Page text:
Like secrecy, vetting has gone over the top in many cases. The high level review panel report, again, is insightful, showing the bizarre SSA vetting of SABC staff and also doctors working in the public health sector.

The report recommended an urgent policy review regarding the scope and reach of the agency’s vetting mandate and “to clearly identify the division between the normal probity checks of existing and prospective state employees to be undertaken by the employing departments and the more focused security competency vetting to be undertaken by the SSA”.

Many in the security world acknowledge a security clearance is no guarantee of good conduct in line with legislation, prescripts and the Constitution. And a strong argument is made that vetting and security clearance levels — from confidential to top secret — should be linked to job competency and function, not rank.

In many policing and security circles, lifestyle audits are deemed as more effective in flagging potentially risky behaviour and conduct because they track conduct over time.

To illustrate:

Under the current SAPS norms, an HQ-based brigadier in police car fleet management would need top-secret security clearance because of his rank, although he may never come across a classified document requiring such clearance as part of his job or decision-making. But the security clearance is no obstacle to this brigadier dipping fingers into the potentially lucrative pie of kickbacks related to tenders a police officer in this post may issue.

And only a lifestyle audit tracking the acquisition of, for example, a car whose payments are beyond a brigadier’s income, or a luxury home or a series of overseas trips, is an effective stop to police corruption and dodgy conduct.

But the SAPS treats lifestyle audits as an add-on — a three-year project driven by crime intelligence. The first 9,972 lifestyle audits have been completed, with all but 0.85% passing with flying colours. Crime intelligence boss, Major-General Peter Jacobs, on Tuesday declined to provide details of the 0.85% of police officers who were red-flagged, saying further investigations would have to be done.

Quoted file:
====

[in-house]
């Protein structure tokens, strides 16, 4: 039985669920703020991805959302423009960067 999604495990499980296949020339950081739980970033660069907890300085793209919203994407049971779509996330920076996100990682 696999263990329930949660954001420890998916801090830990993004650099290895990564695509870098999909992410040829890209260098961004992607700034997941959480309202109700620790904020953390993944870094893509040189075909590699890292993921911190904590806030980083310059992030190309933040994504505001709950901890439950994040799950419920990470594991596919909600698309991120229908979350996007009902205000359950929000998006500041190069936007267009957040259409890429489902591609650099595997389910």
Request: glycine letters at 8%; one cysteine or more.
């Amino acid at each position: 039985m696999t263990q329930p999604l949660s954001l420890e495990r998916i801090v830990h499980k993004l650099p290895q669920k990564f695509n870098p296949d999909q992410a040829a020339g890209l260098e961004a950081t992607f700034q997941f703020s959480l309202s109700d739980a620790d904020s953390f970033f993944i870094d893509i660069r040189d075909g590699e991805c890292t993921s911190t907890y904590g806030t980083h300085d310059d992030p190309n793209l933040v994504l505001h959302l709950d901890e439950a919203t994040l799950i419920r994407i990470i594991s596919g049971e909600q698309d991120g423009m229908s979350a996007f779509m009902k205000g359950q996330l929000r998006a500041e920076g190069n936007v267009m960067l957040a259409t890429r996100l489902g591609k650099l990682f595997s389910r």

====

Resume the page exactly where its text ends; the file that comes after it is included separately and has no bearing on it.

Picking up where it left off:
This first batch of lifestyle audits included top management ranks, the 17 bid committee members dealing with tenders, the 8,267 crime intelligence members and the 865 police officials based at the OR Tambo International Airport.

The next batch of lifestyle audits — 9,604 SAPS members — includes the 2,421 members of the Hawks, the 1,369 police officials working in the national supply chain and the 305 in the national technology management section, alongside the 213 Western Cape anti-gang unit members, 171 police officials working at Cape Town Harbour and the 961 working at Durban Harbour.

According to the SAPS briefing to MPs, the third phase would include station commissioners, the detective service, including provincial detective units, branch commanders, other gang units and the firearms, liquor and second-hand goods police officers.

But Tuesday’s focus was on vetting — the numbers, not the policy or reason.

Statistics presented to MPs on Tuesday show that it’s all about the rank. Of the 896 senior police management from lieutenants-general to brigadiers, 417 have top-secret valid clearance, four secret and five confidential, while 374 vetting processes are still underway.

Forty-six senior police managers — five major-generals and 41 brigadiers — simply have not applied for the required security clearance, while security clearance applications from five major-generals and 13 brigadiers have been denied. And 32 senior SAPS managers — six lieutenant-generals, seven major-generals and 19 brigadiers — have allowed their security clearances to expire, according to the SAPS briefing to the police committee.

When MPs asked what action had been taken against those who failed to obtain their security clearance or failed, the response was that failure to comply would trigger disciplinary processes. But there were appeals and applications for condonation first.

Crime intelligence is going to give us a full report regarding the implication of continued deployment… Can we keep the person (in this post) without clearance?” said Sitole.

When ANC MP Martha Mmola reminded Sitole he told them in May 2018 and again in November that year, how security clearance would be linked to the employment contract and those without a security clearance would lose their jobs, the national police commissioner responded that human resources processes were still underway. But linking security clearance and employment would be in place “in the near future”.

Important questions must be asked of the SAPS’s focus on rank-linked security clearance certificates more likely to foster tendencies of secrecy rather than prevent malfeasance or corruption, particularly in the absence of the more qualitative scrutiny of lifestyle audits. DM